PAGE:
A bone mineral density (BMD) test is like an x-ray or scan of your body. A bone density test estimates the true mass of the bone. It doesn’t hurt, and you don’t need to do anything to prepare for it. It only takes about 15 minutes. By measuring BMD, it is possible to predict fracture risk. A BMD test is recommended for all women between the ages of 50 and 65 with risk factors such as family history, bone structure and body weight, and ethnicity, to name a few. The test is recommended for all women over the age of 65. Men and women who take certain medications or have certain diseases should talk to their doctor about having a bone density test, too. Men over 65 who have concerns about osteoporosis, should talk to their doctor about a bone density test.

  • About 40% of postmenopausal women in the U.S. have osteopenia (low bone density). An additional 7% have osteoporosis (substantially low bone density).
  • One in three women and one of five men over the age of 50 will experience a bone fracture related to osteoporosis.
  • About 33% of people who suffer a hip fracture are totally dependent or in a nursing home in the year following the fracture, stressing the importance of early detection and appropriate therapy.
  • Osteoporosis has many available prescription and nonprescription treatment options once the diagnosis is made.

These things can also increase your risk for osteoporosis:

  • Hormone changes (especially for women who have gone through menopause)
  • Not getting enough calcium and Vitamin D
  • Taking certain medicines
  • Smoking cigarettes or drinking too much alcohol
  • Not getting enough physical activity

If you have osteoporosis, you can still slow down bone loss. Finding and treating this disease early can keep you healthier and more active, lowering your chances of breaking a bone.

Get enough calcium.
Calcium helps keep your bones strong. Good sources of calcium include:

  • Low-fat or fat-free milk, cheese, and yogurt
  • Almonds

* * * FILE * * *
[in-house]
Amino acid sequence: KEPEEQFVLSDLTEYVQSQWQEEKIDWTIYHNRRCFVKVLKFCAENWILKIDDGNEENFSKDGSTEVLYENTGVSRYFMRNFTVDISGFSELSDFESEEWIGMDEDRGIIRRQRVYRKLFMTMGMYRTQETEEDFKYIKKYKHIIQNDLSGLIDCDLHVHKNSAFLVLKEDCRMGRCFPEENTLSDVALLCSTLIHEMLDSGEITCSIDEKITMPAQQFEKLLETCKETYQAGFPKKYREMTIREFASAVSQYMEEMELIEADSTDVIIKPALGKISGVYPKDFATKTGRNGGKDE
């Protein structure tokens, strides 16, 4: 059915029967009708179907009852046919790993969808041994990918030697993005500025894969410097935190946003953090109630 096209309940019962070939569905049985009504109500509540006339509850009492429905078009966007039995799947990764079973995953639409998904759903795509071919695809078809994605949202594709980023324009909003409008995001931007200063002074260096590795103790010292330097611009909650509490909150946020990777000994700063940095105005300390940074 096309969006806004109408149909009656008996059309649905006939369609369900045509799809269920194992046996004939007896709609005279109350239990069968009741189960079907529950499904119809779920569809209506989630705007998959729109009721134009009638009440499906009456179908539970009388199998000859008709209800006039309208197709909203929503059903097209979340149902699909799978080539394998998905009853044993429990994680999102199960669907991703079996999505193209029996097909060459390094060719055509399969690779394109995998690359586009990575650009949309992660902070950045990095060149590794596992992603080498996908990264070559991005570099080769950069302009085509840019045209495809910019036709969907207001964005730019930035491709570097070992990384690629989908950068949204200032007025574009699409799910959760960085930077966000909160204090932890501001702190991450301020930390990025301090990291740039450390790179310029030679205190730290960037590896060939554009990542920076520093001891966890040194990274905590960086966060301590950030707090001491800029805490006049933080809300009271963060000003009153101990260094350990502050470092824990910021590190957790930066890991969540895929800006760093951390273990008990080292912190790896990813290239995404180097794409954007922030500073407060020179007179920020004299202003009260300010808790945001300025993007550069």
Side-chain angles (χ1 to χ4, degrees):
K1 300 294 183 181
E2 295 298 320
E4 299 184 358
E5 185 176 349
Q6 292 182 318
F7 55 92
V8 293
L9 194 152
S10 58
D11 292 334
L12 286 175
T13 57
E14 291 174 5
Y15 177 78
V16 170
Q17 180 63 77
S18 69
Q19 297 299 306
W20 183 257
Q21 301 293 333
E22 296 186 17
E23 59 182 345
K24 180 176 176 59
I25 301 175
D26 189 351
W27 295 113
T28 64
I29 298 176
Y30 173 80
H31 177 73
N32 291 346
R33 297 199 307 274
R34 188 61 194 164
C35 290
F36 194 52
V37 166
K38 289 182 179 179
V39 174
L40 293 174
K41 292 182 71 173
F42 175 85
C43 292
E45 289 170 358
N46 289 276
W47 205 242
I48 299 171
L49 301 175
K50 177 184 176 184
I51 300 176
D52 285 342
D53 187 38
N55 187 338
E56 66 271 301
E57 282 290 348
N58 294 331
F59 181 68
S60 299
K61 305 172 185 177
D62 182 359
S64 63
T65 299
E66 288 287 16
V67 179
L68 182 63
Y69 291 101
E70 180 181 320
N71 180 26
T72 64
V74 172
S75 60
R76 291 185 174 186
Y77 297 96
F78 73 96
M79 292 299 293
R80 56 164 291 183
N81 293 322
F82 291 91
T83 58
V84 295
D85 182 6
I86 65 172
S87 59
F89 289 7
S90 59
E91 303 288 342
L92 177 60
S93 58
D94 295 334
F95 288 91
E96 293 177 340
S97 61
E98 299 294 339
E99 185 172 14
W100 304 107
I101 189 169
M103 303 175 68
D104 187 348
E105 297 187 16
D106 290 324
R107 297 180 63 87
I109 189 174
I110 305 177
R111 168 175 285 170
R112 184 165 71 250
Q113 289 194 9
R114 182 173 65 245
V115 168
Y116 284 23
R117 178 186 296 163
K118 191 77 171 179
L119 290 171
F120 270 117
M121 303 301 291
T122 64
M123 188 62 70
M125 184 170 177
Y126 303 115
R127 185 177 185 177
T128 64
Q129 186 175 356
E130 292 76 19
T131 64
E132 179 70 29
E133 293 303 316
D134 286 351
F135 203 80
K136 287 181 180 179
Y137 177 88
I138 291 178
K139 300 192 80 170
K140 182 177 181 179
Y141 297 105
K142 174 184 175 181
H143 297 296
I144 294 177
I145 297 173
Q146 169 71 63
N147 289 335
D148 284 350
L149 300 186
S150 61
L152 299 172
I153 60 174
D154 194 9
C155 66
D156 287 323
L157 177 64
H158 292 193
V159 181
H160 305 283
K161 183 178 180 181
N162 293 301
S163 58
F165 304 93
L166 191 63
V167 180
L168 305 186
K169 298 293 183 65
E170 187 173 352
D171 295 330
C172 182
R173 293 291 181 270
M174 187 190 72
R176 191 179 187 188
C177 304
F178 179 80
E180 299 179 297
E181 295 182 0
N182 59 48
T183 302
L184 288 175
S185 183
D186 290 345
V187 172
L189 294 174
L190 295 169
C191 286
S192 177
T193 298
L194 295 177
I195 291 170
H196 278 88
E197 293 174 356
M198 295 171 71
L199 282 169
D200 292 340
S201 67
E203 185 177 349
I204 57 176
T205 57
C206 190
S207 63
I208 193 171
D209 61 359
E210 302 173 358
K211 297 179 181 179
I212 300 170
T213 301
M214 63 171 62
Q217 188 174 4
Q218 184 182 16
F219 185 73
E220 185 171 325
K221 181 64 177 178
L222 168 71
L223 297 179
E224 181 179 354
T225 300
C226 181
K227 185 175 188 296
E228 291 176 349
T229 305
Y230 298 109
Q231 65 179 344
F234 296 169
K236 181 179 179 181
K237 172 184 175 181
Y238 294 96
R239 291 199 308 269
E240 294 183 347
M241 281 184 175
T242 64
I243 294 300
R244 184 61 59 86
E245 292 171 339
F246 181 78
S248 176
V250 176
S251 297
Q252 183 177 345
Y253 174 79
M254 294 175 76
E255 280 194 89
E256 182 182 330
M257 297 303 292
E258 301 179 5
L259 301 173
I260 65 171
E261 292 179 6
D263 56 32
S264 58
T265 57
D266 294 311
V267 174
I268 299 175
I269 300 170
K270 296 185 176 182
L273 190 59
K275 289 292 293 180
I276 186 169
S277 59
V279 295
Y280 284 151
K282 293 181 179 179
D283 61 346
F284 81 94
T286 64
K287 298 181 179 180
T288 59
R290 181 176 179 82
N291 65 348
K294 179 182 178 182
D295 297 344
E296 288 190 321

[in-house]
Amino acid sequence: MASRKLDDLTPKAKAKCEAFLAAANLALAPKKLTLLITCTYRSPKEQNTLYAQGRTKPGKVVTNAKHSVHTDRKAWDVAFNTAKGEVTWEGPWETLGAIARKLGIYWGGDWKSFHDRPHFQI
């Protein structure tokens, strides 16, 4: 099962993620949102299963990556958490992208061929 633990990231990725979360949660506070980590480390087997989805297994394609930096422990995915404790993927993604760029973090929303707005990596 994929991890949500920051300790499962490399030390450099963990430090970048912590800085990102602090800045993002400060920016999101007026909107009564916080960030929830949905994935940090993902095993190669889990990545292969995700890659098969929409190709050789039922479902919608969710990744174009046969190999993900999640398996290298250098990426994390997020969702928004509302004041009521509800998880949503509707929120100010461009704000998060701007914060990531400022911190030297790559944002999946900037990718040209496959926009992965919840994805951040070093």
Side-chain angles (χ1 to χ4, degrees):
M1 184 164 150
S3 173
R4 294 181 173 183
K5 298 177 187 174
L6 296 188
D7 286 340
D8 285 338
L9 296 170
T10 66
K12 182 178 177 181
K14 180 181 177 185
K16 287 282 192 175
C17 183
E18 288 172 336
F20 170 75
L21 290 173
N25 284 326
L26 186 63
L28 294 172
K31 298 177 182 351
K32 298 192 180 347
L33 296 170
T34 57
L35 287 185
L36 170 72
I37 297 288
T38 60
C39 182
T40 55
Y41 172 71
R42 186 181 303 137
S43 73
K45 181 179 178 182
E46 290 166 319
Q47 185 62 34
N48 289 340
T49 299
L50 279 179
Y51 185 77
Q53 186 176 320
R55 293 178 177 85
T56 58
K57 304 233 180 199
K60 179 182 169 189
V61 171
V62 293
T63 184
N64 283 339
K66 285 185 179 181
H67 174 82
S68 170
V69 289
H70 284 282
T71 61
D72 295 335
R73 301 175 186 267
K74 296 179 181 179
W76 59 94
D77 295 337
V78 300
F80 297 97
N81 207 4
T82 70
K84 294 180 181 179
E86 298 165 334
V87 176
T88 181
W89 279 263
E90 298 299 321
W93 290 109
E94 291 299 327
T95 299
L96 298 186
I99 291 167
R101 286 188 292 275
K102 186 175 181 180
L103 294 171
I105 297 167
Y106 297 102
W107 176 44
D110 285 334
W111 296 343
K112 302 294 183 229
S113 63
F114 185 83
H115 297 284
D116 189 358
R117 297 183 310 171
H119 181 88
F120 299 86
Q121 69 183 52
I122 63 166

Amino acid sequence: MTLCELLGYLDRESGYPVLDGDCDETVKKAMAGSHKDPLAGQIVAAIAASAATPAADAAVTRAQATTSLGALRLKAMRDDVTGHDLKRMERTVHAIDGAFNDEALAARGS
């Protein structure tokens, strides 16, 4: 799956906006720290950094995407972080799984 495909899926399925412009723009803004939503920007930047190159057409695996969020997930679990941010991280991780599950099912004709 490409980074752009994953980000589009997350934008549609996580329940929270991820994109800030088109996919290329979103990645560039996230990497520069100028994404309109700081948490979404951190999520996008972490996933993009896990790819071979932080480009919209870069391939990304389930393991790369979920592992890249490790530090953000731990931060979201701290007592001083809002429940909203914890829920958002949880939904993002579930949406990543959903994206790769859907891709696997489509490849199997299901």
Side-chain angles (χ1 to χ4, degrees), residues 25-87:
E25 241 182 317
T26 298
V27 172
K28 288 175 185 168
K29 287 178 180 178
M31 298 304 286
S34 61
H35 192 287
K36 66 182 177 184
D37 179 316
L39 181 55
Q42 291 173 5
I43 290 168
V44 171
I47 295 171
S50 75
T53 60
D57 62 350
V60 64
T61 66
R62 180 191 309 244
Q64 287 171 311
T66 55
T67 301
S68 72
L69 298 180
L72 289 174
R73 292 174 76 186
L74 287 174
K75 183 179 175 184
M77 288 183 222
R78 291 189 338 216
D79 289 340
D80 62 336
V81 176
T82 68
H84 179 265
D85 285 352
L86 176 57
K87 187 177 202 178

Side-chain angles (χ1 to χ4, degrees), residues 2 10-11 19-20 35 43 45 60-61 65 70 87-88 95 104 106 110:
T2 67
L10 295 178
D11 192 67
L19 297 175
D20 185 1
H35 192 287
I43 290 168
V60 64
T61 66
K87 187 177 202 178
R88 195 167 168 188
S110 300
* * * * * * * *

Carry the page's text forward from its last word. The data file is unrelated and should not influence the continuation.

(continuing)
• Broccoli and greens
  • Tofu with added calcium
  • Orange juice with added calcium
  • Calcium pills

Get enough vitamin D.
Vitamin D helps your body absorb calcium. Your body makes vitamin D when you are out in the sun. You can also get vitamin D from:

  • Salmon or tuna
  • Fat-free or low-fat milk and yogurt with added vitamin D
  • Breakfast cereals and juices with added vitamin D
  • Vitamin D pills

Get active.
Physical activity can help slow down bone loss. Weight-bearing activities (like running or doing jumping jacks) help keep your bones strong.

  • Aim for 2 hours and 30 minutes a week of moderate aerobic activity. If you are new to exercise, start with 10 minutes of activity at a time.
  • Do strengthening activities at least 2 days a week. These include lifting weights or using resistance bands (long rubber strips that stretch).
  • Find an exercise buddy or go walking with friends. You will be more likely to stick with it if you exercise with other people.

You don’t need special equipment or a gym membership to stay active. Check with your local community center or senior center to find fun, low-cost, or free exercise options.

If you have a health condition or a disability, be as active as you can be. Your doctor can help you choose activities that are right for you.

Stay away from cigarettes and alcohol.

Smoking cigarettes and drinking too much alcohol can weaken your bones. Find ways to stop smoking. If you drink alcohol, drink only in moderation. This means no more than one drink a day for women and no more than two drinks a day for men.

Take steps to prevent falls.

Falls can be especially serious for people with weak bones. You can make small changes to lower your risk of falling, like doing exercises that improve your balance. For example, try walking backwards or standing up from a sitting position without using your hands.

It’s never too late to get on the right track to being and staying healthy!